Flowering Rush is an alien growing on muddy shores along the St. Lawrence Seaway and it has spread to Lake Champlain and the Great Lakes and beyond. It's a Eurasian species brought here as an ornamental in the early 1900's, and it continues to spread from Vermont to Washington and adjacent Canada.
The flowers are rather attractive with three pink and white petals alternating with three smaller pink sepals. In the center are nine pink-and-white male stamens in a radial pattern around six magenta female pistils.
Like all invasive species, it competes with desirable native wetland species, and once started, Flowering Rush is hard to irradicate because the trailing rhizomes spread under the mud and pea-sized bulbils detach, disperse in the water and quickly germinate into new plants. Varieties of this plant growing in the east also produce seeds that can spread on water currents.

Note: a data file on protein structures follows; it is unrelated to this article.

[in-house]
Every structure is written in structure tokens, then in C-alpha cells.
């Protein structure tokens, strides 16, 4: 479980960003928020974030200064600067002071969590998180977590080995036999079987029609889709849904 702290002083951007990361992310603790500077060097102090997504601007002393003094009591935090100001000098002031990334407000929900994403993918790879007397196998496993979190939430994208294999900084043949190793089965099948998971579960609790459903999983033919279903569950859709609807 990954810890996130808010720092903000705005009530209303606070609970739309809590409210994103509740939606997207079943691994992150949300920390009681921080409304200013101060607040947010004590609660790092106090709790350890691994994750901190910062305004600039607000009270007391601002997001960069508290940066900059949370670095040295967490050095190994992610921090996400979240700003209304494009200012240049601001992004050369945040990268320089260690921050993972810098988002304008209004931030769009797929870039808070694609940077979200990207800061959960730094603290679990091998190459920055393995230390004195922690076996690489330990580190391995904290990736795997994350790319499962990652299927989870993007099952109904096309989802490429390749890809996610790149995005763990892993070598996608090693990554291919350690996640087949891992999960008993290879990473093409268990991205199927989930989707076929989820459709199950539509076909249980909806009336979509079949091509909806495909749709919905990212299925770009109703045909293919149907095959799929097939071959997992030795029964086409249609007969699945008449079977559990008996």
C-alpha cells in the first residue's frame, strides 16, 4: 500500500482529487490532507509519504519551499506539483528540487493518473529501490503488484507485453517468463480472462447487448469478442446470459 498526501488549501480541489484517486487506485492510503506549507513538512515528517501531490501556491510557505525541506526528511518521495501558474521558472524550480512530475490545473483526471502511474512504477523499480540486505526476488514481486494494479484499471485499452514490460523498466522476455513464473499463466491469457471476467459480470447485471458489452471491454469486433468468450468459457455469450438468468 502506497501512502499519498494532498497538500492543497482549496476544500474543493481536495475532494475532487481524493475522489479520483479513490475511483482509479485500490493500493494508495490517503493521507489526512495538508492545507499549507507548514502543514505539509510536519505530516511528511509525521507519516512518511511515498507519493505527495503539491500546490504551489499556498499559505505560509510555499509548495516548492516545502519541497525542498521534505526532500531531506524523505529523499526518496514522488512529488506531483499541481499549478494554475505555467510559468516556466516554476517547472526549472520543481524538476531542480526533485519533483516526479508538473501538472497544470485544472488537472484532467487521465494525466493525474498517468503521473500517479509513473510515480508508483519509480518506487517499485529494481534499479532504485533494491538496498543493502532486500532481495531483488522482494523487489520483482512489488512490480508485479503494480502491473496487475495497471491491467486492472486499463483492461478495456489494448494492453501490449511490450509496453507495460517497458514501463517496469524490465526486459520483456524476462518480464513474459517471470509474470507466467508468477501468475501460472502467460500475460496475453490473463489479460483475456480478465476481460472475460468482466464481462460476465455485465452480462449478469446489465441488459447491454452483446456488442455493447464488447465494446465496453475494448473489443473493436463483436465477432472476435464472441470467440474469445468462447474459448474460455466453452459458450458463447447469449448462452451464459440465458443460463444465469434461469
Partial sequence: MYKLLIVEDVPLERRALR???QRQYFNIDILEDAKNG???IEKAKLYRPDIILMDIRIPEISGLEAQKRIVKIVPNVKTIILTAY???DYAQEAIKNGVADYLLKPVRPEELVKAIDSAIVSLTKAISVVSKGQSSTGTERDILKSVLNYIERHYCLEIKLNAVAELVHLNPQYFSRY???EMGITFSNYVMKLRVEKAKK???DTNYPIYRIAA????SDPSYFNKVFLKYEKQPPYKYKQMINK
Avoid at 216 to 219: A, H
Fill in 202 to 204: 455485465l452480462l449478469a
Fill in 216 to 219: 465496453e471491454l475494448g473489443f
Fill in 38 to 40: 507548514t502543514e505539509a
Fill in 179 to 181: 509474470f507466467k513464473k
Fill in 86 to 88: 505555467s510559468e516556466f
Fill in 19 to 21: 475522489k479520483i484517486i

There are many desirable native substitutes for Flowering Rush, including Sweet-flag, Northern Blue-flag, Pickerelweed, Giant Bur-reed, Lake Sedge, and Hardstem Bulrush. Blue-flag and Pickerelweed are attractive personal favorites.
Corrections, comments and questions are always welcome at email@example.com or you can connect through my Facebook page at Dave Spier (photographic naturalist) or my personal page, Dave Spier with the profile photo of me birding through a spotting scope. There's a new Fb page for The Northeast Naturalist.